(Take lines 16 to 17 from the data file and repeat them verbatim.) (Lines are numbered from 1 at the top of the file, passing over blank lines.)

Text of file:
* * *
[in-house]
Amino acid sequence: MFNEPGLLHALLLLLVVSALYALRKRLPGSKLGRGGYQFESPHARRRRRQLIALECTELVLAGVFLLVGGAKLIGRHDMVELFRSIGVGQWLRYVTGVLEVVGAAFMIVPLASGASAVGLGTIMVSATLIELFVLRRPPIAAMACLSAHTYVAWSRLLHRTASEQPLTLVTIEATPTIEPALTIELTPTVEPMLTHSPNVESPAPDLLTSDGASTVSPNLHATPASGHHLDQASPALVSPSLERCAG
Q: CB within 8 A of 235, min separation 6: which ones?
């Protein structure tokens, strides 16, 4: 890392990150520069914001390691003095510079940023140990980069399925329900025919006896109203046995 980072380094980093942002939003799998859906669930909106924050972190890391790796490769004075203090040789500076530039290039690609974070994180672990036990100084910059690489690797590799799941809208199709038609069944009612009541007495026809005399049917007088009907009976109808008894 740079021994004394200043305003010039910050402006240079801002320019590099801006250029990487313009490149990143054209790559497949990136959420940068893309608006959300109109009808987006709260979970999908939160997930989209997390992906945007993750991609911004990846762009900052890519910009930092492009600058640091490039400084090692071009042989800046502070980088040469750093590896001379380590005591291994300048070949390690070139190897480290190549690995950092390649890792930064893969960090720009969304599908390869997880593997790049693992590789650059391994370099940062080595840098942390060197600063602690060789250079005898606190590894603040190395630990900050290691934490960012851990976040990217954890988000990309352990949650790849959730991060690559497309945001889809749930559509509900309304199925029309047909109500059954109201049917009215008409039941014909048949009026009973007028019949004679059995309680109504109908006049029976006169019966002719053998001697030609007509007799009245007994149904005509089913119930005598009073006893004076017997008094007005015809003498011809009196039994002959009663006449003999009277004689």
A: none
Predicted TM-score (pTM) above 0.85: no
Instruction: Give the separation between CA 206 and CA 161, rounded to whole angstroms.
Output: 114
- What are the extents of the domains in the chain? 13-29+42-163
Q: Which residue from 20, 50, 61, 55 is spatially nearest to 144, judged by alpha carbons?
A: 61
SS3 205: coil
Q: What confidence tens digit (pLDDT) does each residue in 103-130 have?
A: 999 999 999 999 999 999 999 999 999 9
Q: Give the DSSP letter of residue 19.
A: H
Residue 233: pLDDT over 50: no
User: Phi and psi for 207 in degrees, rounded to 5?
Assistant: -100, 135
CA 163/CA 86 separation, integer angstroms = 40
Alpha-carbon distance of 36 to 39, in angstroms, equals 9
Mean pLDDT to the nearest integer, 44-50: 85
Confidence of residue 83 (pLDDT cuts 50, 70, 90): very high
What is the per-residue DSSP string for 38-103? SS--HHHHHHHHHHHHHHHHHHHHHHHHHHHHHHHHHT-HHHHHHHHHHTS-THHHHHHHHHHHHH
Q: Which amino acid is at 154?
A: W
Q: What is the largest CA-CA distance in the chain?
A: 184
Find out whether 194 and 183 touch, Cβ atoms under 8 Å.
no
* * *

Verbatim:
A: H
Residue 233: pLDDT over 50: no